With these words, an angel announced to the shepherds the birth of the Saviour, according to the Gospel of Luke (Luke 2,8-20). They were the first to reach Bethlehem and adore the Child Jesus laid in a manger. On 29th December the Custody of the Holy Land recalls this evangelical episode with a celebration at the shrine which stands today in the village of Beit-Sahour, three kilometers south-east of Bethlehem, on the site identified by tradition as the shepherds’ field.
Usually, about a hundred people take part in the solemnity of the apparition of the angels to the shepherds, but due to the restrictions for the Covid-10 pandemic, this year only a small group of faithful could attend. “The parish priest of the Latin church of Bethlehem, Fr. Rami Asakrieh and a few other members of the local community visited us for mass,” explained Fr. José María Falo Espés, guardian of the Franciscan fraternity of the shepherds’ field. “We were also a small community of about thirty people on 24th December, with the midnight mass presided by the Apostolic Nuncio in Israel and Palestine, Mons. Leopoldo Girelli,”
It was a different Christmas night at the shrine of Beit Sahour, where in previous years groups of pilgrims alternated continually to celebrate in the chapel and in the natural grottos. “This year we only had four masses booked for about one hundred people, made up of local religious men and women and groups of Christians who live in the Holy Land,” continued Fr. José.
The shrine had been closed from last March until the end of May, while now it has reduced opening hours (from 9 a.m. to midday), and it is closed on Fridays and Saturdays to respect local provisions. Despite the absence of pilgrims, life in Beit Sahour continues: “Today our community is made up of three friars. We do not know when we will be able to open again all day long as we did before the pandemic, but in the meantime, we continue our life of the fraternity and our work so that everything is ready for when people start visiting the shrine again and praying.” Their days are marked by welcoming the few worshippers, working in the garden and the convent, and moments of prayer.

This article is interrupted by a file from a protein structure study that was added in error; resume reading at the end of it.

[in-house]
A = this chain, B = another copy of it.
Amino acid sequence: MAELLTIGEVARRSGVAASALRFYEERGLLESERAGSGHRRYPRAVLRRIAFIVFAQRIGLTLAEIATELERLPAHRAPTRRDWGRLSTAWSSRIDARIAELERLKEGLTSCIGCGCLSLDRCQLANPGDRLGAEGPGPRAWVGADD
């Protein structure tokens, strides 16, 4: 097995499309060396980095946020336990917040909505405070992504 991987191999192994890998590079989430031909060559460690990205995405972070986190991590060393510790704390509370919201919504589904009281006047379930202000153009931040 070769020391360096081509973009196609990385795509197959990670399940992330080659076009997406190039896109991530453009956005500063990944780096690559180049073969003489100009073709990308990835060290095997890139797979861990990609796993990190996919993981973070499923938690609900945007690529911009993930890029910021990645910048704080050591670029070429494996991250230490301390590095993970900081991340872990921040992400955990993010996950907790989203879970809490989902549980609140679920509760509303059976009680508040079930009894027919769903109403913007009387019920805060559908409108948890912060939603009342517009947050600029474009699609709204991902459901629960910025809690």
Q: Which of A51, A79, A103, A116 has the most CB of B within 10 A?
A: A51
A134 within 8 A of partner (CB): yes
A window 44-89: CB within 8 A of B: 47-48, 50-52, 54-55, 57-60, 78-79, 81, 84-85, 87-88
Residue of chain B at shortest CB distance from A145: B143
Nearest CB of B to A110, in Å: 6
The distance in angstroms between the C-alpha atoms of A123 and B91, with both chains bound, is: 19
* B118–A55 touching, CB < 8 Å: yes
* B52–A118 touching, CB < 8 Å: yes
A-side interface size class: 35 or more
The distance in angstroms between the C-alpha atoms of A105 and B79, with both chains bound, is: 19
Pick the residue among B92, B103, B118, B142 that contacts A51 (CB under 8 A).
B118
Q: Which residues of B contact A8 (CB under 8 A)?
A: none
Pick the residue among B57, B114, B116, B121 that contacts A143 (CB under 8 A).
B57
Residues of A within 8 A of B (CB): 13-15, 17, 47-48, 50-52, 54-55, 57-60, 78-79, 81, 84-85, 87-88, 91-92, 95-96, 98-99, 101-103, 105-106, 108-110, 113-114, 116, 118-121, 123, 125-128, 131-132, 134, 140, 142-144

“The hope that everyone has placed in the vaccine is a real hope that we can return to a normal life,” says the guardian of the Franciscan convent of Beit Sahour.
The site has been a destination of pilgrimages for centuries and the natural grottos were certainly used in the past by the shepherds as shelters. Some archaeological finds (pottery from the Herodian period and coins dating back to the time of the first Roman procurators and the first Judaic War) prove that the upland was already inhabited in the times of Jesus. St Jerome already spoke of the shepherds’ field in the 4th century, calling it Migdal Eder, the “tower of the flock”. Bishop Arculf, in the 6th century, recalls the presence of the burial places of the three shepherds in an existing church, destroyed before the arrival of the Crusaders, but which continued to be a place of pilgrimage.
The area was purchased by the Franciscans in the early 20th century, but it was not until 1951-52 that Father Virgilio Corbo carried out systematic archaeological excavations. The remains of a farm dating back to the first century and of a Byzantine monastery, which was thriving between the fourth and the eighth centuries, came to the light.
In 1954 the Franciscans, with the contribution of Canadian benefactors, built the Sanctorum Angelorum ad Pastores chapel, designed by the famous architect Antonio Barluzzi. The particular shape of the dome still aims today to remind all pilgrims of the tent of the shepherds, who were the first to receive the news of the Saviour’s birth.